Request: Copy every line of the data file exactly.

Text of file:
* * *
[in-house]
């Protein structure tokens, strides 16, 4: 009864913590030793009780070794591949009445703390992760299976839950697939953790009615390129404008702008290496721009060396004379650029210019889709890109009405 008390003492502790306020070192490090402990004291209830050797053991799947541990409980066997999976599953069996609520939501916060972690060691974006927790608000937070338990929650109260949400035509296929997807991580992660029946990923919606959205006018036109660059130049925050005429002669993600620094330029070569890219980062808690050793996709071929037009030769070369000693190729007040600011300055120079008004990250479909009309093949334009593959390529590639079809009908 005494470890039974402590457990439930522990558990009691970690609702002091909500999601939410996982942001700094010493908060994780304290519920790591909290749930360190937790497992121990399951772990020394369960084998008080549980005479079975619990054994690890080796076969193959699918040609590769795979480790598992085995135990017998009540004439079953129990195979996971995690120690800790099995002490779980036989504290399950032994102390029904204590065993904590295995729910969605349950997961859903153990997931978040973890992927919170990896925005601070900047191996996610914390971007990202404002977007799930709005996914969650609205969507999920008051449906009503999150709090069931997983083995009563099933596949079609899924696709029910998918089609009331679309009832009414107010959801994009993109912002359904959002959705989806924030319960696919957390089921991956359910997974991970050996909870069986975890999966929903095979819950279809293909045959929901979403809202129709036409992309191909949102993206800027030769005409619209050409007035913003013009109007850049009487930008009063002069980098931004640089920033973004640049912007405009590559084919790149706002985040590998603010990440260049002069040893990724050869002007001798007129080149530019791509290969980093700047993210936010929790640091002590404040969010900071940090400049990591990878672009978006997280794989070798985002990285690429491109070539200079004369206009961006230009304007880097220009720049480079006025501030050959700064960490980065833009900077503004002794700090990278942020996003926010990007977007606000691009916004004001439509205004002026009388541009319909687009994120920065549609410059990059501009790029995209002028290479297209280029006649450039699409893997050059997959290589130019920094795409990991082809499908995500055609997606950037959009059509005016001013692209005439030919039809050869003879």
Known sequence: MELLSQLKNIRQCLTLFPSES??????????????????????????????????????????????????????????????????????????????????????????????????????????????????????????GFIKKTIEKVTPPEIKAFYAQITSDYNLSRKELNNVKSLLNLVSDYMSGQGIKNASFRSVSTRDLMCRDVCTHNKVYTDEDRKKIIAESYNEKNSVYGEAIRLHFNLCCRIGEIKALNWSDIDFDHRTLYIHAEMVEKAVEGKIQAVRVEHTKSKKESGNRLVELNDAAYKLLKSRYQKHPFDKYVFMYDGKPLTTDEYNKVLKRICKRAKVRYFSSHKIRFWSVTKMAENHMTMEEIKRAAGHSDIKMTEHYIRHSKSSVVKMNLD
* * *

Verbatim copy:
[in-house]
């Protein structure tokens, strides 16, 4: 009864913590030793009780070794591949009445703390992760299976839950697939953790009615390129404008702008290496721009060396004379650029210019889709890109009405 008390003492502790306020070192490090402990004291209830050797053991799947541990409980066997999976599953069996609520939501916060972690060691974006927790608000937070338990929650109260949400035509296929997807991580992660029946990923919606959205006018036109660059130049925050005429002669993600620094330029070569890219980062808690050793996709071929037009030769070369000693190729007040600011300055120079008004990250479909009309093949334009593959390529590639079809009908 005494470890039974402590457990439930522990558990009691970690609702002091909500999601939410996982942001700094010493908060994780304290519920790591909290749930360190937790497992121990399951772990020394369960084998008080549980005479079975619990054994690890080796076969193959699918040609590769795979480790598992085995135990017998009540004439079953129990195979996971995690120690800790099995002490779980036989504290399950032994102390029904204590065993904590295995729910969605349950997961859903153990997931978040973890992927919170990896925005601070900047191996996610914390971007990202404002977007799930709005996914969650609205969507999920008051449906009503999150709090069931997983083995009563099933596949079609899924696709029910998918089609009331679309009832009414107010959801994009993109912002359904959002959705989806924030319960696919957390089921991956359910997974991970050996909870069986975890999966929903095979819950279809293909045959929901979403809202129709036409992309191909949102993206800027030769005409619209050409007035913003013009109007850049009487930008009063002069980098931004640089920033973004640049912007405009590559084919790149706002985040590998603010990440260049002069040893990724050869002007001798007129080149530019791509290969980093700047993210936010929790640091002590404040969010900071940090400049990591990878672009978006997280794989070798985002990285690429491109070539200079004369206009961006230009304007880097220009720049480079006025501030050959700064960490980065833009900077503004002794700090990278942020996003926010990007977007606000691009916004004001439509205004002026009388541009319909687009994120920065549609410059990059501009790029995209002028290479297209280029006649450039699409893997050059997959290589130019920094795409990991082809499908995500055609997606950037959009059509005016001013692209005439030919039809050869003879």
Known sequence: MELLSQLKNIRQCLTLFPSES??????????????????????????????????????????????????????????????????????????????????????????????????????????????????????????GFIKKTIEKVTPPEIKAFYAQITSDYNLSRKELNNVKSLLNLVSDYMSGQGIKNASFRSVSTRDLMCRDVCTHNKVYTDEDRKKIIAESYNEKNSVYGEAIRLHFNLCCRIGEIKALNWSDIDFDHRTLYIHAEMVEKAVEGKIQAVRVEHTKSKKESGNRLVELNDAAYKLLKSRYQKHPFDKYVFMYDGKPLTTDEYNKVLKRICKRAKVRYFSSHKIRFWSVTKMAENHMTMEEIKRAAGHSDIKMTEHYIRHSKSSVVKMNLD